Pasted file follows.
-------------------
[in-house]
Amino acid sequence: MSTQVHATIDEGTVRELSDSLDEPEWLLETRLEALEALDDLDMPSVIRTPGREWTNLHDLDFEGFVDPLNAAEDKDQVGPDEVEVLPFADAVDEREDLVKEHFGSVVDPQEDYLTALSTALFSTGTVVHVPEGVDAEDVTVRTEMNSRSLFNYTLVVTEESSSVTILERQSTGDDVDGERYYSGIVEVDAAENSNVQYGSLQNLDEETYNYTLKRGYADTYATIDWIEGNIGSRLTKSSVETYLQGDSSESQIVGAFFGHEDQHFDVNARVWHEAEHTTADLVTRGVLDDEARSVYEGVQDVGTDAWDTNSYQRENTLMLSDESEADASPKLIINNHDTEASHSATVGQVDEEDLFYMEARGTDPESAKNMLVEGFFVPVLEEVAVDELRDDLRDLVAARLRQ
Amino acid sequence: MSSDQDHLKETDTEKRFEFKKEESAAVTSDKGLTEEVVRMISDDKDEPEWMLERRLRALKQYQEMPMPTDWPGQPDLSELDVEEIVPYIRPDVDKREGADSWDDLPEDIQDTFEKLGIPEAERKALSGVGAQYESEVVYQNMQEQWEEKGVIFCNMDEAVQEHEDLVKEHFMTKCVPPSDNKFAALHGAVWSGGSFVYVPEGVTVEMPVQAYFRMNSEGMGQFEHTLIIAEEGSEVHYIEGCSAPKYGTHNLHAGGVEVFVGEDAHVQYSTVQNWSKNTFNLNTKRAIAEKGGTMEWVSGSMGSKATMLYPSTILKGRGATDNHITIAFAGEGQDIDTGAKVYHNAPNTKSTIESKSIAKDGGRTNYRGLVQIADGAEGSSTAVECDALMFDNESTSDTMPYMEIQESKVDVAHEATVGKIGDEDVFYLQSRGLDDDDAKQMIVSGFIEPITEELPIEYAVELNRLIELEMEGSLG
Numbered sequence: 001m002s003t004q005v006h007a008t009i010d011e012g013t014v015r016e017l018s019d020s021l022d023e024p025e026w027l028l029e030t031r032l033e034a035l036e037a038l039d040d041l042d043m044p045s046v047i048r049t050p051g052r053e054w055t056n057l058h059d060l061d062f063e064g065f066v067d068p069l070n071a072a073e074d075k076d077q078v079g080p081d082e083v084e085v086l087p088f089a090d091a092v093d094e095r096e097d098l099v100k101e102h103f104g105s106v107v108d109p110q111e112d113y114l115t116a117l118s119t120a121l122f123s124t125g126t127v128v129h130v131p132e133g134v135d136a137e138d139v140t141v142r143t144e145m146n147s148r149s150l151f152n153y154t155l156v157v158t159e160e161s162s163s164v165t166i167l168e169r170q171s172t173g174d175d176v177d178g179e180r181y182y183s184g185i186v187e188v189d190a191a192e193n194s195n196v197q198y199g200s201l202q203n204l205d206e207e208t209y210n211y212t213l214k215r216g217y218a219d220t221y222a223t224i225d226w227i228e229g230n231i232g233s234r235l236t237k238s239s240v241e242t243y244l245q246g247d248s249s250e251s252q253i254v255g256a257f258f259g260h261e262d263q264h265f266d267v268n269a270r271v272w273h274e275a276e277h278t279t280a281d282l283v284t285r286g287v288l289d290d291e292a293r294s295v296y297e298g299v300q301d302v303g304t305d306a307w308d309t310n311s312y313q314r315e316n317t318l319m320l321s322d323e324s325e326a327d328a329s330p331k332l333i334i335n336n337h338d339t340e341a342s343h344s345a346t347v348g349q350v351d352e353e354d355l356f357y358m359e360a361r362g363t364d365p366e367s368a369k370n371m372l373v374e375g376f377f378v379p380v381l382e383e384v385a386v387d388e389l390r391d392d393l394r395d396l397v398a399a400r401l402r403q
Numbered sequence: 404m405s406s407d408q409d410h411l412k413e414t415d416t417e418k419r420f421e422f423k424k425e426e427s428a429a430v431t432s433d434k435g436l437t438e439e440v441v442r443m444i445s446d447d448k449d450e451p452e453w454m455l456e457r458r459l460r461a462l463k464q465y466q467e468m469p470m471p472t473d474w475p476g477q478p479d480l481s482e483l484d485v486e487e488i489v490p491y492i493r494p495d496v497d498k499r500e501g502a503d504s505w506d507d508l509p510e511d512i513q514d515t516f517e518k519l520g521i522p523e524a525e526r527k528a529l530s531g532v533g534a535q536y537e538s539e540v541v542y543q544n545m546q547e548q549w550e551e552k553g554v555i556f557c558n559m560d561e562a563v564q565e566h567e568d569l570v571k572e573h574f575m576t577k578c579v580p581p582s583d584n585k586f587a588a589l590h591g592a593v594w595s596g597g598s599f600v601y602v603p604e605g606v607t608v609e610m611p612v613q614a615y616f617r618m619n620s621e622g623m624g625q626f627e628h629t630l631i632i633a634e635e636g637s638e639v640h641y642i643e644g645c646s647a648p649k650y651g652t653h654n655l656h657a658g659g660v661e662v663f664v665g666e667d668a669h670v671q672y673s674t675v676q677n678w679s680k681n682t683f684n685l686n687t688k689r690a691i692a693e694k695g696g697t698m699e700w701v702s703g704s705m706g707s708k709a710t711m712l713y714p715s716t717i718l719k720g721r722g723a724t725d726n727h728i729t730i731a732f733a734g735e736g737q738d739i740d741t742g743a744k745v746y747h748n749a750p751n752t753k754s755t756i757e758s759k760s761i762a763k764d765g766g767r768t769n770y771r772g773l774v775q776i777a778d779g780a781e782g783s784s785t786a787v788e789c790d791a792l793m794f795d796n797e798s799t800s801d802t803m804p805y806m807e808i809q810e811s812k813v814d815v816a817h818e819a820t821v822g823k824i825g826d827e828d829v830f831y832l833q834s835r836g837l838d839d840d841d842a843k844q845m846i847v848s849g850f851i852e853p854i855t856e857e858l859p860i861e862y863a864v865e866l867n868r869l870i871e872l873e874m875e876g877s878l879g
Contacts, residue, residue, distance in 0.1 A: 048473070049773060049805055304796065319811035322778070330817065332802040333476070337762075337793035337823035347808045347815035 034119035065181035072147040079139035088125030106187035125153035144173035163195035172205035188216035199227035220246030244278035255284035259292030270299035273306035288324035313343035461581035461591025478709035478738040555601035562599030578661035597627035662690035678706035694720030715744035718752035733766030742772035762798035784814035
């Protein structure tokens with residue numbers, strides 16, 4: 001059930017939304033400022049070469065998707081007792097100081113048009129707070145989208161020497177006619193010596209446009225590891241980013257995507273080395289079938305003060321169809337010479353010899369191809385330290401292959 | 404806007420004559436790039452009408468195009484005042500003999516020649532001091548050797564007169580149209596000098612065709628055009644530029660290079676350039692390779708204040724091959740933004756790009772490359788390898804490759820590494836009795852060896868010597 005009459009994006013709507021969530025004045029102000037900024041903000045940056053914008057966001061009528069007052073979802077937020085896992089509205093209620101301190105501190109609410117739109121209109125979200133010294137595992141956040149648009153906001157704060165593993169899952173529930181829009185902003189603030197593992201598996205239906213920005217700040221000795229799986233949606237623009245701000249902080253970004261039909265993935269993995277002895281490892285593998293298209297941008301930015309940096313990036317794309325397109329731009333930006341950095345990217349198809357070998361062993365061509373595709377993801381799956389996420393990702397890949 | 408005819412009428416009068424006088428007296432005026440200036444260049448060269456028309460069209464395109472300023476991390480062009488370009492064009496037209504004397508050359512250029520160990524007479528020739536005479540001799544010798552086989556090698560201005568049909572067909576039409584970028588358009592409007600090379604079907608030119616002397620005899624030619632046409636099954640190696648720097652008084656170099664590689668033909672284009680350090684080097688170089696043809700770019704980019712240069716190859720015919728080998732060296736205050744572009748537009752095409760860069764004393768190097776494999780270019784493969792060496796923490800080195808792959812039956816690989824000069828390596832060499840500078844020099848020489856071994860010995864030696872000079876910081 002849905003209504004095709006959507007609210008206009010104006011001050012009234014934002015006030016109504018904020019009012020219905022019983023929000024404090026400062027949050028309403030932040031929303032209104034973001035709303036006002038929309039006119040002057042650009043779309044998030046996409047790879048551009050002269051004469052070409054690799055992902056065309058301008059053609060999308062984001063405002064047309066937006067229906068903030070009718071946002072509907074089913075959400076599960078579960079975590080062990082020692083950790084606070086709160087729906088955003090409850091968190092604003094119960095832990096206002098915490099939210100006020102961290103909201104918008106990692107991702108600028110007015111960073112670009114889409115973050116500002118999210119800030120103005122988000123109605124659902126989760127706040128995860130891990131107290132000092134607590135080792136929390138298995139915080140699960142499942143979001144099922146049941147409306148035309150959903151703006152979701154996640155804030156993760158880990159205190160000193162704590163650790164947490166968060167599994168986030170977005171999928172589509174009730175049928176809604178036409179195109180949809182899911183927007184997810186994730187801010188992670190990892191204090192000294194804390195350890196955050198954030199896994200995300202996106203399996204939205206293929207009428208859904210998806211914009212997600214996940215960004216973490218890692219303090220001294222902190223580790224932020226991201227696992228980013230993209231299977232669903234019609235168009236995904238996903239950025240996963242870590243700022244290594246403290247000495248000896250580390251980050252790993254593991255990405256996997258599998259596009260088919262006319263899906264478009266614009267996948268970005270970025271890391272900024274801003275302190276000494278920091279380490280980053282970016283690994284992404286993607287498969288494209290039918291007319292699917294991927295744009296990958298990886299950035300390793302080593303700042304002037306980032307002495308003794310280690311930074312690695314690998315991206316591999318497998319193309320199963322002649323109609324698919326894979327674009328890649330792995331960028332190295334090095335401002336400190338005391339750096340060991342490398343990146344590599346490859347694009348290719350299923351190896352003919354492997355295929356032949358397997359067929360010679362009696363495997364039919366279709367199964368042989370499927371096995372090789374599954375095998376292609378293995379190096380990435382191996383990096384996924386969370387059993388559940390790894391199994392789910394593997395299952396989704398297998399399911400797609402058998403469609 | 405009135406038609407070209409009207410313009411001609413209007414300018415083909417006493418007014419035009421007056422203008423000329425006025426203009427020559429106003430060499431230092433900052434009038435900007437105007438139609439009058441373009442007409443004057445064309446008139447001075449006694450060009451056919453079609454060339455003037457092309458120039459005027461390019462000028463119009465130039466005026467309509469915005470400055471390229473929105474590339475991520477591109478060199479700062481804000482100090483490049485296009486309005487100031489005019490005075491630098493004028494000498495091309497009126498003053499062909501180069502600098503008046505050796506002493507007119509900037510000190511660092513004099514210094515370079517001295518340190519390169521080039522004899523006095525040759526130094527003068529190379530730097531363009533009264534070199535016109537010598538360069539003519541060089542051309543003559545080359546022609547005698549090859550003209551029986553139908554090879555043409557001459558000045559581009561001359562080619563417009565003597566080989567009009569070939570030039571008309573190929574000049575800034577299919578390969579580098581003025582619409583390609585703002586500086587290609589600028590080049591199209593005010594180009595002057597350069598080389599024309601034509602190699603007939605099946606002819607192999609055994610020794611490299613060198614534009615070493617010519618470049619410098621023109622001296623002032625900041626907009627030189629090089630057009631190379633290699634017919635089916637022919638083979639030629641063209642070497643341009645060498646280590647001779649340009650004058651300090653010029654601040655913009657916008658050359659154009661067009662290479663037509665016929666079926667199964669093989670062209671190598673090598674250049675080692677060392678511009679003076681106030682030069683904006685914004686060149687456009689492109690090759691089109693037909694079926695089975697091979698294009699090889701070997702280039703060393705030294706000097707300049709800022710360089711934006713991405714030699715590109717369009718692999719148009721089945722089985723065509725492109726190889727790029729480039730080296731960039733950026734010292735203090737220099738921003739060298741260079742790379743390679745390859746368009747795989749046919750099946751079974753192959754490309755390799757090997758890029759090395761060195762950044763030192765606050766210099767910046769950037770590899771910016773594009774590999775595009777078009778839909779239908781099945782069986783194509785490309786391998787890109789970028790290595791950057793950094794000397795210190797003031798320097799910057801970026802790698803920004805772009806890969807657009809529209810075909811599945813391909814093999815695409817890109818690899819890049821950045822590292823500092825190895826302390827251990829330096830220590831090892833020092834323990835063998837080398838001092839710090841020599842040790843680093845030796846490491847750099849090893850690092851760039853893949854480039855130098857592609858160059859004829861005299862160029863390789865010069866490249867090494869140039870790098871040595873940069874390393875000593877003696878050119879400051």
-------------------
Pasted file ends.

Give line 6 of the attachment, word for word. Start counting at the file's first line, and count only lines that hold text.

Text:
Contacts, residue, residue, distance in 0.1 A: 048473070049773060049805055304796065319811035322778070330817065332802040333476070337762075337793035337823035347808045347815035 034119035065181035072147040079139035088125030106187035125153035144173035163195035172205035188216035199227035220246030244278035255284035259292030270299035273306035288324035313343035461581035461591025478709035478738040555601035562599030578661035597627035662690035678706035694720030715744035718752035733766030742772035762798035784814035